How to Get Your Children to Help Out Around the House

February 13, 2015

Having your children chip in with chores and housework can be a very important step in child-rearing. Instilling your children with a sense of responsibility and organization can introduce meaningful values for the future. And sometimes it’s just nice to have a helping hand. Based on their age range, here are some suggestions to get your kids to help around the house:

2-3 Years Old

When your children are two or three years old, there can’t be much expectation that they help out around the house. However, it can be important to set precedent for the future and create a pattern of responsibility and organization. Even as toddlers, children can get in the habit of putting toys away before moving on to the next activity. Though of course they don’t understand it at the time, they subconsciously learn important values about work, effort, cleanliness, and teamwork required to run a household. Toddlers understand “please” and “thanks,” so make sure you show your appreciation when they clean up.

4-7 Years Old

Once children get to this age, they have a better grasp on the reasoning behind requests. Kids can understand the entire process and see how putting toys away or helping to set the table keeps the house running smoothly and helps out the parents. At this age, it is appropriate to communicate tasks and explain why putting away laundry or empty the dishwasher is an important chore. Create a responsibility for things within their own spaces, whether it’s their bedroom or play area. They have a sense of ownership for this space and will enjoy how it feels when clean and organized. While younger children may not actually “help” that much, and require supervision or correction, the important part is building routine.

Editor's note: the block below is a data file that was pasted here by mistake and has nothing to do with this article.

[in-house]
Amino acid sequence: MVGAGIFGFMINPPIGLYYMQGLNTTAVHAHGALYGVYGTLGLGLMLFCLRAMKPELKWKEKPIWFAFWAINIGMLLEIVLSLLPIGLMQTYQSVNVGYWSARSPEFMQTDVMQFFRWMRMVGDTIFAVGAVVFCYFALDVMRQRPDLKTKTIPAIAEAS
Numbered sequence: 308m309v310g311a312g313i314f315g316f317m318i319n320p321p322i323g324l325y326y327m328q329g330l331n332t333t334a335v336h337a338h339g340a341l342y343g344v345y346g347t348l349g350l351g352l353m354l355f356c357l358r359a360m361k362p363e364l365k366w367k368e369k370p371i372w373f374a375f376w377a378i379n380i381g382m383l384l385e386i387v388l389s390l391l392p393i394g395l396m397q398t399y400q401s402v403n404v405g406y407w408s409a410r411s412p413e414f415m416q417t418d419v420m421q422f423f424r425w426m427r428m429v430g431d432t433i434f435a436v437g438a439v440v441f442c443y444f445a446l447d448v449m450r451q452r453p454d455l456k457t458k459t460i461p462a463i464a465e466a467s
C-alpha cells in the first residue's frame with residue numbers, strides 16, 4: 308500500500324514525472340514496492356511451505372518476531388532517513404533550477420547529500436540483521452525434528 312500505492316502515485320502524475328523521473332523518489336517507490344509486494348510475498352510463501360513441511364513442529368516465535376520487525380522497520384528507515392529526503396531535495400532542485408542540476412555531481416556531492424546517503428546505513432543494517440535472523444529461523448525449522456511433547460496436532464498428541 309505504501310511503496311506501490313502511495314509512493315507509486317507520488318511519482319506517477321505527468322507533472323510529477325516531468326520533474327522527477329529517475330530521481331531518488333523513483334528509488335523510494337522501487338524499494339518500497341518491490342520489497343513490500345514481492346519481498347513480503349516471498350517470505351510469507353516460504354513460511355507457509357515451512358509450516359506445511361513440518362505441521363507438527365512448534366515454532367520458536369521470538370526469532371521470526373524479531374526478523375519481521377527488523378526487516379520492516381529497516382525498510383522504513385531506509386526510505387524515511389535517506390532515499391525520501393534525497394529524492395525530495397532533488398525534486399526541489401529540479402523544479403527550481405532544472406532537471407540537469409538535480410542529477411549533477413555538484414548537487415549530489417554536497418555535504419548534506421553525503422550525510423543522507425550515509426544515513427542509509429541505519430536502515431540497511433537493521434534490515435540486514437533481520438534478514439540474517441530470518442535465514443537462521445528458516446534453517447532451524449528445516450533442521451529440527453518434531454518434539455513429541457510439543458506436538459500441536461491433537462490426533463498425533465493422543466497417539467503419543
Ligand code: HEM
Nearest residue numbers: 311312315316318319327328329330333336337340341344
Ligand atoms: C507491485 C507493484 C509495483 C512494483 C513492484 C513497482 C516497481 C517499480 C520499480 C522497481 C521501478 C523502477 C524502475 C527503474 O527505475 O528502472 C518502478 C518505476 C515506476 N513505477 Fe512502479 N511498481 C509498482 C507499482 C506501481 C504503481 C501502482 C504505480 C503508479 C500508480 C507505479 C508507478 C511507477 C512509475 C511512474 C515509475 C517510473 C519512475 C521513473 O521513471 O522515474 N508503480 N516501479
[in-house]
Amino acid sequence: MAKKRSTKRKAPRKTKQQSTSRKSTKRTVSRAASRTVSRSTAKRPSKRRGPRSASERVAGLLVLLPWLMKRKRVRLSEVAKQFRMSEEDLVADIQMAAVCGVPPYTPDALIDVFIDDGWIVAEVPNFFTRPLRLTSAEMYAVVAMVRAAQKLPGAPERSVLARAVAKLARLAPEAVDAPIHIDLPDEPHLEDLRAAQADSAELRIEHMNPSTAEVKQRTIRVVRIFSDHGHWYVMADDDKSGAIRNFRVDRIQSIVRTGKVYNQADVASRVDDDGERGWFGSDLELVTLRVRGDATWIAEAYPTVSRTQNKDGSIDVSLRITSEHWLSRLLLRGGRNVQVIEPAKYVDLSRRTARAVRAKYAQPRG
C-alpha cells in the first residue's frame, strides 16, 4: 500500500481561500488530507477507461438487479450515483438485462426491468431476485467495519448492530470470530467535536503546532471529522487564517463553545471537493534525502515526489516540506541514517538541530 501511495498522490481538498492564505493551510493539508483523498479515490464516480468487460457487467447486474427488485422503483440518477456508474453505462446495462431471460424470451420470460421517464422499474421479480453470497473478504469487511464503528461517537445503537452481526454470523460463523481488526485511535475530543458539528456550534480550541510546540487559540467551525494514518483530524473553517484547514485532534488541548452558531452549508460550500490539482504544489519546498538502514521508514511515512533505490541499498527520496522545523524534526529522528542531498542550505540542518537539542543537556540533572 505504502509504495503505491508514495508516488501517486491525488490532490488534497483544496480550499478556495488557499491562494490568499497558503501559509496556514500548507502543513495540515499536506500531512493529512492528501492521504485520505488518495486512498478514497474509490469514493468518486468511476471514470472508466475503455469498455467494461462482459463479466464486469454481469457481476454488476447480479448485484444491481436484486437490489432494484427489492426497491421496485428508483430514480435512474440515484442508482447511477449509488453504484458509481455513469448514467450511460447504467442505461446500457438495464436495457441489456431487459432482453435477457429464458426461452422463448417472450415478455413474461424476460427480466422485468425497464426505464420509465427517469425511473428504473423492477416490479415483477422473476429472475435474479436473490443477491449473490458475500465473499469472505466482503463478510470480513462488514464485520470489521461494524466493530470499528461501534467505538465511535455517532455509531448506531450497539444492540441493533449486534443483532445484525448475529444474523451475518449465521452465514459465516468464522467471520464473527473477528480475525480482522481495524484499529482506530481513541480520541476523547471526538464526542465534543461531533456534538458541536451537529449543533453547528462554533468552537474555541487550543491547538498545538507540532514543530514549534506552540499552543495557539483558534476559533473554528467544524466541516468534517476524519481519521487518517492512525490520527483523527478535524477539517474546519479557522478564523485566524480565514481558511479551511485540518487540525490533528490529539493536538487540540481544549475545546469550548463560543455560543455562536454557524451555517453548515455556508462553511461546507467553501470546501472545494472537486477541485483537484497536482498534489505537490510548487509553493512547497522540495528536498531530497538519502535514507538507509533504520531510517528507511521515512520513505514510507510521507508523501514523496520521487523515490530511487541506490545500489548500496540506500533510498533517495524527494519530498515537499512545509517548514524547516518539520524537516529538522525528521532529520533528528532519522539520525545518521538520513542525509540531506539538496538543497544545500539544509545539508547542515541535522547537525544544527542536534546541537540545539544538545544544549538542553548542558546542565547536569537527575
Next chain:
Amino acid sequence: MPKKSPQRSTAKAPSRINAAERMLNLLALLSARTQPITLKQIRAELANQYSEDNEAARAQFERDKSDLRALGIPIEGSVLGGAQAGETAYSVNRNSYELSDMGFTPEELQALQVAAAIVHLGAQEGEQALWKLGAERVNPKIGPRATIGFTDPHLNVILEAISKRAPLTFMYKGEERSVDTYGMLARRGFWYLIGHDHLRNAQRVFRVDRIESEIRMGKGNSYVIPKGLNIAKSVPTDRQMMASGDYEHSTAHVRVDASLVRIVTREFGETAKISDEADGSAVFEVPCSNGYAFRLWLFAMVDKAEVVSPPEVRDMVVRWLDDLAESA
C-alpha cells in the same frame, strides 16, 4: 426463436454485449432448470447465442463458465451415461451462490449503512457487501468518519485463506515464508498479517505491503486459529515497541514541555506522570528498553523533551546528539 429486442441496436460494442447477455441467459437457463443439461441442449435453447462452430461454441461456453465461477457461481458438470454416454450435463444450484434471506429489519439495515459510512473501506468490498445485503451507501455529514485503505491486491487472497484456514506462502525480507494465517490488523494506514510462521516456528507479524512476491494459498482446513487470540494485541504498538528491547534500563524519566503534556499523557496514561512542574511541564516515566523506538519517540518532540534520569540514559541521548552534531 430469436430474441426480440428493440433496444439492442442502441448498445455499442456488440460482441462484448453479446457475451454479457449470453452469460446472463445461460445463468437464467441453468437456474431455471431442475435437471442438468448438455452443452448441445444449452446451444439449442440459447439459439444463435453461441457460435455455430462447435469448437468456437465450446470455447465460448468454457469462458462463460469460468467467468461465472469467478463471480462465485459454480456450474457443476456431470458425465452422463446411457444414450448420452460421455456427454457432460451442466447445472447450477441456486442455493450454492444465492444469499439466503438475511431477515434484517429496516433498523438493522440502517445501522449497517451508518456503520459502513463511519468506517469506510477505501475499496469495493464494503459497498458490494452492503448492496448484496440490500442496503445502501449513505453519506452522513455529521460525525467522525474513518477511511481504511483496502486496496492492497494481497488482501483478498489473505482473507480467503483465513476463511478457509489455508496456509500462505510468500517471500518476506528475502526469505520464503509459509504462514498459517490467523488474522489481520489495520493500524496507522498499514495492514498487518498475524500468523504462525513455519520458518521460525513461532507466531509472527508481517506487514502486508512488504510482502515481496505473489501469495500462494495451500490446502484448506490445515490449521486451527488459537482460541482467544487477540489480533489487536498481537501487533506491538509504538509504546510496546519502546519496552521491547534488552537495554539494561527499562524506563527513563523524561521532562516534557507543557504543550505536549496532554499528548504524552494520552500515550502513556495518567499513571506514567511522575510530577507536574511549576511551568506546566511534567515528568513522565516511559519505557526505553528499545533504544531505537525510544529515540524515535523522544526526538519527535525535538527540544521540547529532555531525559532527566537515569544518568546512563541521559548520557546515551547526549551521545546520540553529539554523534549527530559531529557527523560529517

8-10 Years Old

By this age, children can start taking more responsibility and have tasks that are uniquely their own. Kids can follow a chore calendar and know that they must walk the dog every day after school, or rake the leaves in the fall. Posting a schedule on the fridge can help keep things on track and prevent you from nagging about procrastinated chores. By this age, children might express a preference for certain chores, so don’t fight them if they hate cleaning the bathroom but don’t mind taking out the garbage. As long as they are chipping in and learning the routine of participating in regular chores, you’re ahead of the game.

10-12 Years Old

Once they are nearly teens, children can really help with household requirements. You can encourage them to either be jack of all trades, helping out a bit with everything, like carrying in the groceries, vacuuming, and shovelling when needed. Or, you can give them chores for which they are fully responsible, like walking, bathing, brushing, and cleaning up after the family dog. Teach them how to do laundry, and how to make simple meals which require minimal cooking. At this age, don’t clean up after them. Build their confidence and self-sufficiency by letting your children take full charge.

Having your children help out around the house is about more than chore help. It ensures your children are instilled with a sense of responsibility and care for their home environment. Good habits are hard to come by, so start from an early age.

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